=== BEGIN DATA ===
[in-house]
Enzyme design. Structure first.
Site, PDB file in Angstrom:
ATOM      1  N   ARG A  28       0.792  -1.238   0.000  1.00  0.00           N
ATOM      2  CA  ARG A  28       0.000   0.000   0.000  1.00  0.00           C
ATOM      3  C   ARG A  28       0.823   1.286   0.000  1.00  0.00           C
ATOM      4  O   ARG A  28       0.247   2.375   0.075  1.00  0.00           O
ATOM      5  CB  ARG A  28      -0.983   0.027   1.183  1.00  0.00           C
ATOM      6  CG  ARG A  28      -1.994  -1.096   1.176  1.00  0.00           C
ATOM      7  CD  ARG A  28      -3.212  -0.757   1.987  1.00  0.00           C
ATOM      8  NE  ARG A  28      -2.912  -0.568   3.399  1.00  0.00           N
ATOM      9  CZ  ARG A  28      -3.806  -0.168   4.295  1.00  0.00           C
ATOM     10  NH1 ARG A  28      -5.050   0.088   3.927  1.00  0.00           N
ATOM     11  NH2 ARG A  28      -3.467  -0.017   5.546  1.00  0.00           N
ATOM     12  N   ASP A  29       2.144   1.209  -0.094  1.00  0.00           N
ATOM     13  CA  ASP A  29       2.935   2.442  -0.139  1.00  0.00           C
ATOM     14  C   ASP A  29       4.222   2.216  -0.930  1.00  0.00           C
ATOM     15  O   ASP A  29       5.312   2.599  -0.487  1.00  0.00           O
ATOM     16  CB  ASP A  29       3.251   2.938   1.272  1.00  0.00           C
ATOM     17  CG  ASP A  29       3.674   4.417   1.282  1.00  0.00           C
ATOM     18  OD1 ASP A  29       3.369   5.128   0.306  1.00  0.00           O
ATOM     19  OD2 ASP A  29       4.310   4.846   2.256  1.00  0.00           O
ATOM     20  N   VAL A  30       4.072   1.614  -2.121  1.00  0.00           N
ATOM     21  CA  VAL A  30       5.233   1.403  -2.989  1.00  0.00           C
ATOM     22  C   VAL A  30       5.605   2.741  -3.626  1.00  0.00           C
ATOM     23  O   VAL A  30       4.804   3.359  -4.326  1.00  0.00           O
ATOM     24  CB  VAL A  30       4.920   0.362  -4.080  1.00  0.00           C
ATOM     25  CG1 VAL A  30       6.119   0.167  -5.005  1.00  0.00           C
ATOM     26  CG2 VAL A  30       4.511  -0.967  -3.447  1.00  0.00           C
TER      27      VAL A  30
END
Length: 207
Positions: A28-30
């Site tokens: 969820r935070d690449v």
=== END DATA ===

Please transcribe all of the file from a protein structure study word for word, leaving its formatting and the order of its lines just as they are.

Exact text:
[in-house]
Enzyme design. Structure first.
Site, PDB file in Angstrom:
ATOM      1  N   ARG A  28       0.792  -1.238   0.000  1.00  0.00           N
ATOM      2  CA  ARG A  28       0.000   0.000   0.000  1.00  0.00           C
ATOM      3  C   ARG A  28       0.823   1.286   0.000  1.00  0.00           C
ATOM      4  O   ARG A  28       0.247   2.375   0.075  1.00  0.00           O
ATOM      5  CB  ARG A  28      -0.983   0.027   1.183  1.00  0.00           C
ATOM      6  CG  ARG A  28      -1.994  -1.096   1.176  1.00  0.00           C
ATOM      7  CD  ARG A  28      -3.212  -0.757   1.987  1.00  0.00           C
ATOM      8  NE  ARG A  28      -2.912  -0.568   3.399  1.00  0.00           N
ATOM      9  CZ  ARG A  28      -3.806  -0.168   4.295  1.00  0.00           C
ATOM     10  NH1 ARG A  28      -5.050   0.088   3.927  1.00  0.00           N
ATOM     11  NH2 ARG A  28      -3.467  -0.017   5.546  1.00  0.00           N
ATOM     12  N   ASP A  29       2.144   1.209  -0.094  1.00  0.00           N
ATOM     13  CA  ASP A  29       2.935   2.442  -0.139  1.00  0.00           C
ATOM     14  C   ASP A  29       4.222   2.216  -0.930  1.00  0.00           C
ATOM     15  O   ASP A  29       5.312   2.599  -0.487  1.00  0.00           O
ATOM     16  CB  ASP A  29       3.251   2.938   1.272  1.00  0.00           C
ATOM     17  CG  ASP A  29       3.674   4.417   1.282  1.00  0.00           C
ATOM     18  OD1 ASP A  29       3.369   5.128   0.306  1.00  0.00           O
ATOM     19  OD2 ASP A  29       4.310   4.846   2.256  1.00  0.00           O
ATOM     20  N   VAL A  30       4.072   1.614  -2.121  1.00  0.00           N
ATOM     21  CA  VAL A  30       5.233   1.403  -2.989  1.00  0.00           C
ATOM     22  C   VAL A  30       5.605   2.741  -3.626  1.00  0.00           C
ATOM     23  O   VAL A  30       4.804   3.359  -4.326  1.00  0.00           O
ATOM     24  CB  VAL A  30       4.920   0.362  -4.080  1.00  0.00           C
ATOM     25  CG1 VAL A  30       6.119   0.167  -5.005  1.00  0.00           C
ATOM     26  CG2 VAL A  30       4.511  -0.967  -3.447  1.00  0.00           C
TER      27      VAL A  30
END
Length: 207
Positions: A28-30
């Site tokens: 969820r935070d690449v």